An emotional issue: INDYCAR took some heat following the Detroit doubleheader for fining Sebastian Saavedra $30,000 after he flipped off Marco Andretti, and putting Will Power and Sebastien Bourdais on probation – Power for throwing his gloves at Bourdais following an accident and Bourdais for comments toward officials on pit road. It all led to questions about INDYCAR muzzling their drivers’ personalities, and with the series fighting for any public attention it can get outside of the Month of May, those questions may be valid. “If a guy gets upset and throws a glove or something like that – it’s a glove, it’s not going to hurt anybody,” Helio Castroneves told the Associated Press at Texas on the subject. “…You can’t just start throwing fines just because the guy had a bad day.”

Relive championship battle tonight at 7 pm ET on NBCSN — IndyCar Chronicles: Simon Pagenaud

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If you want to relive the excitement of the 2016 Verizon IndyCar Series championship battle between Simon Pagenaud and Will Power, make sure to tune in tonight at 7 p.m. ET to IndyCar Chronicles on NBCSN.

“IndyCar Chronicles: Simon Pagenaud” is the final episode of this year’s show and features interviews with the two Team Penske teammates as they break down before, during and after the season-ending GoPro Grand Prix of Sonoma.

Pagenaud dominated the season, winning five of the series’ 16 races, and put a bow on his first-ever IndyCar championship by winning the season finale at the picturesque road course north of San Francisco.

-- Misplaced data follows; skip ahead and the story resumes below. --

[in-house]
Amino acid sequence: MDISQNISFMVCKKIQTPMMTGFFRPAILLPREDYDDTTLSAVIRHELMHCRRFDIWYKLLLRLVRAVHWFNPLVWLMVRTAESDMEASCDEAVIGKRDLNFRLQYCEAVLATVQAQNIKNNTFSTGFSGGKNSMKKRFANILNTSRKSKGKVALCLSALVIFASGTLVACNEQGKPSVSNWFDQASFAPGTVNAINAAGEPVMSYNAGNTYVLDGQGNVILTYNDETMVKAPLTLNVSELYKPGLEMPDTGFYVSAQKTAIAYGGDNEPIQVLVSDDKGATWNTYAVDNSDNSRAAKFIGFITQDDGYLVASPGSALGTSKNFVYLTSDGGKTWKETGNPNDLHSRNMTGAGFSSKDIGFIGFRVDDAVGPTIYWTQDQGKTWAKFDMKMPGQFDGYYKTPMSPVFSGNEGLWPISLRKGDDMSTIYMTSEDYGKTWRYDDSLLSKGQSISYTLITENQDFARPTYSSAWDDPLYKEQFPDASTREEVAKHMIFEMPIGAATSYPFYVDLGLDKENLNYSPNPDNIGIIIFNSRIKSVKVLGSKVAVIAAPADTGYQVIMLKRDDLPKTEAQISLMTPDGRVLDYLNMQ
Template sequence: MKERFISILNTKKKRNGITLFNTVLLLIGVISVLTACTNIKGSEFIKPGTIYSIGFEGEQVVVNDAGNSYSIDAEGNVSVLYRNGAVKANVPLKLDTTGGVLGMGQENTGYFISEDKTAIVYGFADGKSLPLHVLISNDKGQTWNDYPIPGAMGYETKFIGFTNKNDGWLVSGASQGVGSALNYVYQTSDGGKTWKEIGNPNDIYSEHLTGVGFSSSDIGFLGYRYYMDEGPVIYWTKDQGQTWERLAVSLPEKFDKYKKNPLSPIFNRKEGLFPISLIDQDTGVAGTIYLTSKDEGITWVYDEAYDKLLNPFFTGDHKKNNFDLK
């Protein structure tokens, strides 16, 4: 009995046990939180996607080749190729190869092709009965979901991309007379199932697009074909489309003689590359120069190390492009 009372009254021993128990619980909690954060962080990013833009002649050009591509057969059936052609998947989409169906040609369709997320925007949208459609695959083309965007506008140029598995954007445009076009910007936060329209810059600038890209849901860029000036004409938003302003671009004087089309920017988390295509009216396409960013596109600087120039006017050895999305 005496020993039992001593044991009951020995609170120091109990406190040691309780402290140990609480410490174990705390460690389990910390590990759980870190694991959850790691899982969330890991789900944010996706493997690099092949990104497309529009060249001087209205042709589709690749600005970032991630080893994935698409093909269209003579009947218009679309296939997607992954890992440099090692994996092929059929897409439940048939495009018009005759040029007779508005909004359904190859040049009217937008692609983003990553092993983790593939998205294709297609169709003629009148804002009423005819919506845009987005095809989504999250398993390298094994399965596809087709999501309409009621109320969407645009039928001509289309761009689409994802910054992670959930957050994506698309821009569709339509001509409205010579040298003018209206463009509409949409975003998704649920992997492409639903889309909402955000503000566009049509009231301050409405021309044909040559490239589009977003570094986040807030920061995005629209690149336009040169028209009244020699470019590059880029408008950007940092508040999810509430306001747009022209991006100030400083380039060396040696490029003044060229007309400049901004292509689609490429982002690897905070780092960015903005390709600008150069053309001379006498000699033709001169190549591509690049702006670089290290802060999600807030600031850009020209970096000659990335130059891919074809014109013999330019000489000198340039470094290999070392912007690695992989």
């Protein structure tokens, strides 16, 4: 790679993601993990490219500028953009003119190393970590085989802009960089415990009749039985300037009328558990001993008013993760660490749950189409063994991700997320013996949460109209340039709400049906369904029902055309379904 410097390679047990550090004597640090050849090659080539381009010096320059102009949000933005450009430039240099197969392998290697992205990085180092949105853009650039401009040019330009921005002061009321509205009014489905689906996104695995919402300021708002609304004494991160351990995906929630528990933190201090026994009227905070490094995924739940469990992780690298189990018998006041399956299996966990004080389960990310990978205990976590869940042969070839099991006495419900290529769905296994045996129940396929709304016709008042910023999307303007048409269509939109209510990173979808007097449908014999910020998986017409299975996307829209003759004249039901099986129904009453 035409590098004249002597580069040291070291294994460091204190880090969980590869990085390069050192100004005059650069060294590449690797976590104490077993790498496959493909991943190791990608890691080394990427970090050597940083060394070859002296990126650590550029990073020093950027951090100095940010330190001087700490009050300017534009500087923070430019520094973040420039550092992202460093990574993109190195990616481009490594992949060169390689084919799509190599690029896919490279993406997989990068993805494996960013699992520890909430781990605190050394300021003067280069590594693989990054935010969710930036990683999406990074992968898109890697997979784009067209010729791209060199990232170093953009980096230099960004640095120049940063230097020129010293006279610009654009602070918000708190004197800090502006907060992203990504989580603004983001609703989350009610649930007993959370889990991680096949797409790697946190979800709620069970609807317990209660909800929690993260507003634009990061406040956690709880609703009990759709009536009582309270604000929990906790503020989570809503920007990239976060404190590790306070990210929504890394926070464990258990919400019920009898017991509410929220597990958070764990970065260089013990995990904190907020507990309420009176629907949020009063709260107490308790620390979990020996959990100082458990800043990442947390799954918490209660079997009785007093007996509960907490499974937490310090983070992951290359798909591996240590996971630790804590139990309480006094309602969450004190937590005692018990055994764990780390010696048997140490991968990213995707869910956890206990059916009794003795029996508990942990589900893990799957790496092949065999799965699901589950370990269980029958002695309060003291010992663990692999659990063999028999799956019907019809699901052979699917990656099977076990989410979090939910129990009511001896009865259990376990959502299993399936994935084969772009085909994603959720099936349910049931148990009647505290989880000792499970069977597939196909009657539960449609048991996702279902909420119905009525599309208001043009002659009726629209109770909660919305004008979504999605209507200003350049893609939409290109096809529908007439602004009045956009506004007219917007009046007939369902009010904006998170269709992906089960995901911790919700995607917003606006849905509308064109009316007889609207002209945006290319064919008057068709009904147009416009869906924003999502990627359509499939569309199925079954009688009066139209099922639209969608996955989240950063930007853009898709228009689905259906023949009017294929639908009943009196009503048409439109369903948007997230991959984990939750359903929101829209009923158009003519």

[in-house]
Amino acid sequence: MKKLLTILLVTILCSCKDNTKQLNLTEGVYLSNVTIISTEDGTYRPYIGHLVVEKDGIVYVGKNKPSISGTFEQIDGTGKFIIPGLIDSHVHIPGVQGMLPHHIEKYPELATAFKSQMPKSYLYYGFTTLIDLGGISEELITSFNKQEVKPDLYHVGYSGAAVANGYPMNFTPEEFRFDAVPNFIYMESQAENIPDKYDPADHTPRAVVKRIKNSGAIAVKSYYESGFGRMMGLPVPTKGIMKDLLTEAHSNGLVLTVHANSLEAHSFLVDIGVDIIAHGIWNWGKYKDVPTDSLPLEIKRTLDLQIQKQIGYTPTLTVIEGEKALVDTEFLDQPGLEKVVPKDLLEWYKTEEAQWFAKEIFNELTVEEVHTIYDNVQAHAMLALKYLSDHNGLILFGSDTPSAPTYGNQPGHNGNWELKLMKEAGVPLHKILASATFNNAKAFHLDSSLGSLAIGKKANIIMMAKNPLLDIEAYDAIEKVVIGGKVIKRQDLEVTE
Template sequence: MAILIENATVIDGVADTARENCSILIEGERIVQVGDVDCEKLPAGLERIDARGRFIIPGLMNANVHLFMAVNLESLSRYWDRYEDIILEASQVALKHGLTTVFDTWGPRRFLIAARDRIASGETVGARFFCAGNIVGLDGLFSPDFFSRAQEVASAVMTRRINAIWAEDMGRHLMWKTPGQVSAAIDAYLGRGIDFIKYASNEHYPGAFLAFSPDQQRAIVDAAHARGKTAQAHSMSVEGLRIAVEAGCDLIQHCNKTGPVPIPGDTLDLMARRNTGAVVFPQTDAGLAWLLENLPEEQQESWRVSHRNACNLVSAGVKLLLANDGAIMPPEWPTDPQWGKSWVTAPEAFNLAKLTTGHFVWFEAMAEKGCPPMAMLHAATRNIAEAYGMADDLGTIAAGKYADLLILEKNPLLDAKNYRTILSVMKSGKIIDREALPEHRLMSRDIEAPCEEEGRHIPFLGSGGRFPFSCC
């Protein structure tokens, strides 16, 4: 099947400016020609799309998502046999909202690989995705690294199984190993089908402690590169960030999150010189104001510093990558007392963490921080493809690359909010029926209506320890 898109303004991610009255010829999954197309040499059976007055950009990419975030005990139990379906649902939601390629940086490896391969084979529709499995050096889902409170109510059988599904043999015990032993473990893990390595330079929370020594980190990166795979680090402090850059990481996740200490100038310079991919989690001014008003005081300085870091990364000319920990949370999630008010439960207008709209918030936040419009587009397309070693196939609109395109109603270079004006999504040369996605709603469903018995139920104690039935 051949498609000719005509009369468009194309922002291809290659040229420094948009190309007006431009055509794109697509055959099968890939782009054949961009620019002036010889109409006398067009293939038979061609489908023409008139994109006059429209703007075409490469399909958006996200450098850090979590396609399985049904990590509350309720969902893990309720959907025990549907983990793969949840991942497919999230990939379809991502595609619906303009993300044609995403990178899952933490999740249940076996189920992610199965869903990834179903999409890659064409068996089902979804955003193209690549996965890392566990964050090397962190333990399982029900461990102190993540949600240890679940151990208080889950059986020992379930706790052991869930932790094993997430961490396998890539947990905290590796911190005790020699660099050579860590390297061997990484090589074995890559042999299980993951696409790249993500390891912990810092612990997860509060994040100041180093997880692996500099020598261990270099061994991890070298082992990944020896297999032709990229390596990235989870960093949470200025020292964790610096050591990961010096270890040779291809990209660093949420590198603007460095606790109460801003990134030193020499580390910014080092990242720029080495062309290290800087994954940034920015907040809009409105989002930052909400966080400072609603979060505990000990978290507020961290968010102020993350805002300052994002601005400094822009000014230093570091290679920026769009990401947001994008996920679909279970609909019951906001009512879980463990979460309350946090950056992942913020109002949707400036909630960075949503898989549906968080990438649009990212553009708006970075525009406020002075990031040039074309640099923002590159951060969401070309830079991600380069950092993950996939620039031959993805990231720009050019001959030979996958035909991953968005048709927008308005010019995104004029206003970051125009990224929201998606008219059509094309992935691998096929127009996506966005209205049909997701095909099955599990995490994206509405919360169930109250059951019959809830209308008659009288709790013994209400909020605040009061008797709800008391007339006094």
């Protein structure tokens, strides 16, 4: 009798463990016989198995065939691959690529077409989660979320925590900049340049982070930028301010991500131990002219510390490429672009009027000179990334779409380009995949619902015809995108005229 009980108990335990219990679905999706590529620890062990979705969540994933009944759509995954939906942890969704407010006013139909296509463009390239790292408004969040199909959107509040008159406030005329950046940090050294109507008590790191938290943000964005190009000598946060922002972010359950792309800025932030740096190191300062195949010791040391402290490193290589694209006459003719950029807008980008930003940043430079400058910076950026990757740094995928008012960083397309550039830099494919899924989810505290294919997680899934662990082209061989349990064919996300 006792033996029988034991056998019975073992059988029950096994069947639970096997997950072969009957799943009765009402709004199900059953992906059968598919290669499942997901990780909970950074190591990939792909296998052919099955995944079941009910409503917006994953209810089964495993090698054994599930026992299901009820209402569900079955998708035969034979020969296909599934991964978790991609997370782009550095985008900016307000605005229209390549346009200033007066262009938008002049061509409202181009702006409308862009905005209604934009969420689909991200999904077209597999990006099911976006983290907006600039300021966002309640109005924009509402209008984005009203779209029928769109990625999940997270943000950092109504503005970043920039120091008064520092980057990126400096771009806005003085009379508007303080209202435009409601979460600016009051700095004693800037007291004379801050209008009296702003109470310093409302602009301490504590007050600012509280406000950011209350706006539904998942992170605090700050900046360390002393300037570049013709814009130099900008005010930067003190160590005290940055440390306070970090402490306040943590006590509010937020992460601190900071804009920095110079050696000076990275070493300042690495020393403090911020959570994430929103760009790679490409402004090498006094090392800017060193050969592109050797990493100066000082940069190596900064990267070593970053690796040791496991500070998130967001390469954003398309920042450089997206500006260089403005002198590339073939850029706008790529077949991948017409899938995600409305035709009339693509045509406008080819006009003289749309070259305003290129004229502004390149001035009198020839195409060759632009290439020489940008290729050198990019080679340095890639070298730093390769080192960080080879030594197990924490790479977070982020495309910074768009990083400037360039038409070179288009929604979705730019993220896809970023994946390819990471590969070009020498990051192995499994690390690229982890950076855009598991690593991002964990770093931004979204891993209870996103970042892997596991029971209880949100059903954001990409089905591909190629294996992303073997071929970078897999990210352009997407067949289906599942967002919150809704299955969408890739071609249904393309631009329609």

Power, who was seeking his second IndyCar championship (in three seasons), missed the first race of the season due to a health issue, but still bounced back to win four races in the season and was Pagenaud’s primary challenger heading to Sonoma.

Unfortunately for Power, a mechanical issue that his car suffered in the race paved the way for Pagenaud to win both the event and the championship.

Check out the video above for a two-minute preview of tonight’s show.

Previous editions of IndyCar Chronicles can also be viewed on YouTube.

Follow @JerryBonkowski

Simon Pagenaud had The Force with him in winning IndyCar championship

The Force was definitely with Simon Pagenaud when he won the Verizon IndyCar Series championship on Sept. 18.
(Getty Images)
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So, Simon Pagenaud DID have an extra advantage when he won his first Verizon IndyCar Series championship on Sept. 18.

Pagenaud had The Force with him – no, we’re not talking about NHRA legend John Force – but rather The Force from Star Wars.

Our friends at IndyCar.com revealed in a story Wednesday that Pagenaud was part of a Verizon-sponsored advertisement for the popular “The Star Wars Show” on YouTube.

Show hosts Andi Gutierrez and Peter Townley tried to draw a connection between IndyCar racing and the popular Star Wars movie franchise.

“Star Wars is all about things going fast, spaceships (and) pod racers,” Townley said.

Added Gutierrez, “Right, it’s a natural connection.”